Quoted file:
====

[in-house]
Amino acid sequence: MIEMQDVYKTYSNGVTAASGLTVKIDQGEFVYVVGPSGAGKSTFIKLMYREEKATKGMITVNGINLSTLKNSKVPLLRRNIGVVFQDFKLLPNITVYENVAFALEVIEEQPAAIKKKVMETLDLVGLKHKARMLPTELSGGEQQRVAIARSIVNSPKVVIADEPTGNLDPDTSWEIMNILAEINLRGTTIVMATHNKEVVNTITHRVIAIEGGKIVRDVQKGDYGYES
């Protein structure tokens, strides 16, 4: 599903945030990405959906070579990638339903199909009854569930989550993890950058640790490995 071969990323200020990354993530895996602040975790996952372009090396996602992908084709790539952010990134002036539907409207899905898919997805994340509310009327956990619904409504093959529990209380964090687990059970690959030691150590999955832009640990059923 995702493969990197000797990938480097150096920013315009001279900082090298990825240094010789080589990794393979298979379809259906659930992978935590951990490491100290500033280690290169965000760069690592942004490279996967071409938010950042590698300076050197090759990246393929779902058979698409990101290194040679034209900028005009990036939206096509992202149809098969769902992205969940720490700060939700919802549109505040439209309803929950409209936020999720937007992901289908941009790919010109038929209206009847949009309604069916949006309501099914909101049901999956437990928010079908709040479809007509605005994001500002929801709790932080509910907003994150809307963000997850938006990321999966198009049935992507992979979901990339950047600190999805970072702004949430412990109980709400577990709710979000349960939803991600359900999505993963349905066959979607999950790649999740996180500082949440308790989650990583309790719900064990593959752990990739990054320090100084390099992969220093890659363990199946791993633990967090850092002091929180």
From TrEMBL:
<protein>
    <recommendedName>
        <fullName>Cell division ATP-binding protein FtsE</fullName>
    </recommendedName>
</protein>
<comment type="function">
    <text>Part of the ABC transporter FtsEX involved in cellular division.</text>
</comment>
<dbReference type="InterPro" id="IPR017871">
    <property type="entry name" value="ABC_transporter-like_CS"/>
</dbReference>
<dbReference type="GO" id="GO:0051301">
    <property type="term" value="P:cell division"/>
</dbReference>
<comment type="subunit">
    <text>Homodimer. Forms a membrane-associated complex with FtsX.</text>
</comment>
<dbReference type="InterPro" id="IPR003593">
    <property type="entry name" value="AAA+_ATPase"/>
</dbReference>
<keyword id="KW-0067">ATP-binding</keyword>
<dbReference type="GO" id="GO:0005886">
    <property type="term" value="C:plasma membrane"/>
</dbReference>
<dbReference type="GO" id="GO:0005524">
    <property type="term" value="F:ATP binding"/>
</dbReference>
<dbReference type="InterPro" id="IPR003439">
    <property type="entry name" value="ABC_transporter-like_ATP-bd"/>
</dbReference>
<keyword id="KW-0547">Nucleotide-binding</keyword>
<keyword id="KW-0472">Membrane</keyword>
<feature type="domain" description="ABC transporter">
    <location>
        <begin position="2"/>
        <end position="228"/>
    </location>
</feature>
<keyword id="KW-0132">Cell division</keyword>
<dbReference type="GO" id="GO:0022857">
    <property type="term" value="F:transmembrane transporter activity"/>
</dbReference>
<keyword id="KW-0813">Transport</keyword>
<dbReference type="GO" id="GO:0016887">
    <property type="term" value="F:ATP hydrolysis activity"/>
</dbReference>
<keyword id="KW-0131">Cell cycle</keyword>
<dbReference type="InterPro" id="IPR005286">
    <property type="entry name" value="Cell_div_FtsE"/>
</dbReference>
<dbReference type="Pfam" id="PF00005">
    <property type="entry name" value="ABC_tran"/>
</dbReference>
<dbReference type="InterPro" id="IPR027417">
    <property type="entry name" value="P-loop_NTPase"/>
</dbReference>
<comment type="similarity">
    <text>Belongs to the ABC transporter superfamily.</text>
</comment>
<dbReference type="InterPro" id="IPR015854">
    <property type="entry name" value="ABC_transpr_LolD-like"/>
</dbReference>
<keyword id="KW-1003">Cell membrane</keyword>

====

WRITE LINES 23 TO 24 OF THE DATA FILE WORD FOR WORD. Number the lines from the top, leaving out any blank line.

    <property type="entry name" value="AAA+_ATPase"/>
</dbReference>